Children should be encouraged to watch patiently and quietly, until they learn something of the habits and history of bee, ant, wasp, spider, hairy caterpillar, dragon-fly, and whatever of larger growth comes in their way.
Summer camp at work has been over for a week now. The decks of our building are quiet, the classroom cleaned up, the debris in my office waiting for me to find it a home. My role was largely to assist with the field outings, helping to share the excitement of whatever cool stuff we encountered. I suppose it’s a good role given that I get almost as excited as they do over any living thing, large or small. I took my camera on all the outings, and it soon became a frequently heard shout, “Mr. Mike, look what I found, take a picture”. So, every day, I would take a few photos on our hikes, and print some of the best out to share with them after lunch. These “run-n-gun” photos aren’t meant to be works of art, but rather a glimpse into the incredible diversity that we can all find on a short walk in nature, especially if we have the curiosity (and energy) of a child. Here are a few of the highlights from our nature walks (I think we covered most of those mentioned in the quote above)…
One young camper had a talent for catching almost anything from lizards to skippers. He ran towards me one day with this juvenile Carolina Anole, saying, “Mr. Mike, it’s eating a moth”. Just as I snapped a photo, it gulped down its meal, oblivious to all the commotion (click photos to enlarge)
We witnessed a lot of the “cycle of life” these past two weeks. Here a Bumblebee Mimic Robberfly has captured a bumblebee.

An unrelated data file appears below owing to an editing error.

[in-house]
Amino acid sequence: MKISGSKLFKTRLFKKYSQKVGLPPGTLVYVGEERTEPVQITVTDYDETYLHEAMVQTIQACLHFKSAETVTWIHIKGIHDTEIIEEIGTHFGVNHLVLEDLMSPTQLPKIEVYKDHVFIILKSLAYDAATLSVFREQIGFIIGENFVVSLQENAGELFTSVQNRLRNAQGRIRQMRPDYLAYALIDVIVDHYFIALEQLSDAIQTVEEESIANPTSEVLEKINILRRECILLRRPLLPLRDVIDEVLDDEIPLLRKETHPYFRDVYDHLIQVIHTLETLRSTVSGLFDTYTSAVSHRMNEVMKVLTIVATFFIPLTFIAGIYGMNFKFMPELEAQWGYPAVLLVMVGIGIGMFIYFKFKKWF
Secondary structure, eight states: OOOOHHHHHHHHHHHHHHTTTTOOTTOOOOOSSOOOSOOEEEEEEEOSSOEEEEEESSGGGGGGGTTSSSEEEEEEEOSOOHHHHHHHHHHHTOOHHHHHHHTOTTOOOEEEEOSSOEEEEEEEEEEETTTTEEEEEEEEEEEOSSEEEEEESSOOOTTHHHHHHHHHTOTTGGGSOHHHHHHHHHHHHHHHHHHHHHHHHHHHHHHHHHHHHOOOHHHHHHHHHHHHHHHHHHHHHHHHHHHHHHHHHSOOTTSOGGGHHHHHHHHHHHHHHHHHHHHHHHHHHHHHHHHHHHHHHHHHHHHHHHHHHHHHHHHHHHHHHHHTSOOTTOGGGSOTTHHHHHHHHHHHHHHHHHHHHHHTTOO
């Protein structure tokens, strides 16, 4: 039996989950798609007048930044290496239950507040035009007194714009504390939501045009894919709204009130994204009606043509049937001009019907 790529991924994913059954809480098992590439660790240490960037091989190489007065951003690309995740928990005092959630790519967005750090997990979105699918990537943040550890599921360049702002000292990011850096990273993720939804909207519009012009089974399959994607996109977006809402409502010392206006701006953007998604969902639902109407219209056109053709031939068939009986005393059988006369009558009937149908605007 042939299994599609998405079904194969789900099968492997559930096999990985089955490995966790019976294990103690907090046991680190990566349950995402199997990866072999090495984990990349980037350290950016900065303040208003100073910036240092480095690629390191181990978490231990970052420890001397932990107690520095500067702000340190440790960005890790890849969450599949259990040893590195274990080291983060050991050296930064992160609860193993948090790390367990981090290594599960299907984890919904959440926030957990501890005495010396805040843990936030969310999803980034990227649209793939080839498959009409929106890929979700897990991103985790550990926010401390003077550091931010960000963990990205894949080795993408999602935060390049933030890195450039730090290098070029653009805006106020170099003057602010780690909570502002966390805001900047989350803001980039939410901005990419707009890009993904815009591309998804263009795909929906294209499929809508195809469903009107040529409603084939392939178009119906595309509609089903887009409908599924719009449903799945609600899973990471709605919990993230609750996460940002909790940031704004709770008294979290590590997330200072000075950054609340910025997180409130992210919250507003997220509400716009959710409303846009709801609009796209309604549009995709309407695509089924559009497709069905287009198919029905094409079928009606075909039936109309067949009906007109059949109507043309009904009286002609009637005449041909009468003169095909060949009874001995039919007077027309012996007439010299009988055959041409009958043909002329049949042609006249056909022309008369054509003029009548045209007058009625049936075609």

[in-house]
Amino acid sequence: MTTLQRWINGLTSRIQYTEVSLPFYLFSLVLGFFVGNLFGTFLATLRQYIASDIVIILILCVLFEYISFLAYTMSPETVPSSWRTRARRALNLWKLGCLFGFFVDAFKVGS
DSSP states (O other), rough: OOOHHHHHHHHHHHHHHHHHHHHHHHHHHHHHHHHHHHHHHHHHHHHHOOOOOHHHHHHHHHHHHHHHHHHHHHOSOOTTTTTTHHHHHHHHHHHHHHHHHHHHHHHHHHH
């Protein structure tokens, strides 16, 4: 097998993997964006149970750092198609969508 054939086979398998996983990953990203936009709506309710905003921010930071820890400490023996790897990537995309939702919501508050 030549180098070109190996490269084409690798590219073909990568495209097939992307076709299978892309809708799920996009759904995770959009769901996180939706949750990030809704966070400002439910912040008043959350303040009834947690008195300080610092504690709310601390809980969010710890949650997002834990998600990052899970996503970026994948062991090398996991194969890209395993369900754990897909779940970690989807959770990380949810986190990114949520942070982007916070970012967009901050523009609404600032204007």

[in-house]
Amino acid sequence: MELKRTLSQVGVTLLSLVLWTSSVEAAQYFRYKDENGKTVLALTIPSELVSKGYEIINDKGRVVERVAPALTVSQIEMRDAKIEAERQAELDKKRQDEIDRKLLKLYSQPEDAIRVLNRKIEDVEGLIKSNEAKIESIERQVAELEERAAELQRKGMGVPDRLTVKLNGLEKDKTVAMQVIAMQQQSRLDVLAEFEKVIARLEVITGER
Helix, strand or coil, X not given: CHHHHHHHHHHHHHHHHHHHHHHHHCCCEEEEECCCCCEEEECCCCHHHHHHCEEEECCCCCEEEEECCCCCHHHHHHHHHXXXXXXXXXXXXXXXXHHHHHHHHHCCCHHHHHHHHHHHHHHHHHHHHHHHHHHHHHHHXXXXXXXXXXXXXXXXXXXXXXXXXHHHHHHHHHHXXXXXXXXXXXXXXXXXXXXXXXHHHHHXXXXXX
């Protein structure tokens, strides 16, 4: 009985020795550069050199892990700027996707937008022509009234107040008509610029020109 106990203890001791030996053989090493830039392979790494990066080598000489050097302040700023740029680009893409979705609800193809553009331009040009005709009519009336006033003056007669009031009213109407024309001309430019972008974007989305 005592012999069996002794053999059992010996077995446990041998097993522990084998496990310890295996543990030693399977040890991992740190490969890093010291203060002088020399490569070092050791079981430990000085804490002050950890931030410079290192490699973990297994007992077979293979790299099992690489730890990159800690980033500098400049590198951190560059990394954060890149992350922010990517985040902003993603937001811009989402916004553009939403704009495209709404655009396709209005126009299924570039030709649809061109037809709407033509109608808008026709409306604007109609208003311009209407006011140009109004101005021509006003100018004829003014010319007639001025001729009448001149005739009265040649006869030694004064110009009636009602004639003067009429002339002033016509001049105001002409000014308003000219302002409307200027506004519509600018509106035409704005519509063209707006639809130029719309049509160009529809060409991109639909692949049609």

Another view of robberfly and bee – you can see some differences in the mimic and the model here – the robberfly has short antennae and very different eye structure
Green Lynx spiders are now large enough to easily see in the wildflowers, where they prey heavily on pollinators, including wasps and bees
Another Green Lynx with a fly. These active hunters do not build webs for capturing their prey, but instead pounce on them like a large cat
Perhaps a nymph of one of the Spiny Assassin Bugs?
We had a lot of critters land on us during camp. This jumping spider (Hentzia sp.?) picked one of our more squeamish instructors to hitch a ride on.
An ant dragging a dead wasp. One camper told me “ants are the strongest animals in the world and they can carry over 10 times their own weight”. I googled it and found that ants are, indeed, incredibly strong and are believed to be able to carry 10-50 times their own weight (equivalent to a human lifting ~9000 pounds). Their body structure and movement are being studied by engineers in the hopes of designing powerful microbots to perform all sorts of tasks. Who is teaching who in this camp?
Hackberry Emperor butterflies frequently perch on humans to imbibe our salts (sweat)
Our visit to the vernal pool in the woods yielded a variety of newly transformed amphibians. Eastern Narrow-mouthed toads, actually tiny toad-like frogs, were everywhere along the edge of the pool.
Fowler’s Toad toadlets were also common
A very tiny Cope’s Gray Treefrog (note the diagnostic white patch under they eye)
This American Dagger Moth caterpillar provided a lesson in being a naturalist and observing the world around you. I found some frass (insect poop) on the trail. After helping them figure out what it was, I asked the campers where to look for the caterpillar that made it. After a couple of guesses in all directions, one camper figured it out and pointed up. We brought it into the classroom to observe for a few days before releasing it back into the wild. The campers named this hairy caterpillar, “prickly pear”.
We all witnessed an amazing act – a female Dobsonfly laying her egg case on the wall outside the classroom (it took over an hour). Unfortunately, the hatchlings will not fall into a suitable aquatic habitat when they emerge.
A short-horned grasshopper nymph
A newly emerged damselfly with exuvia on an emergent stem of Pickerelweed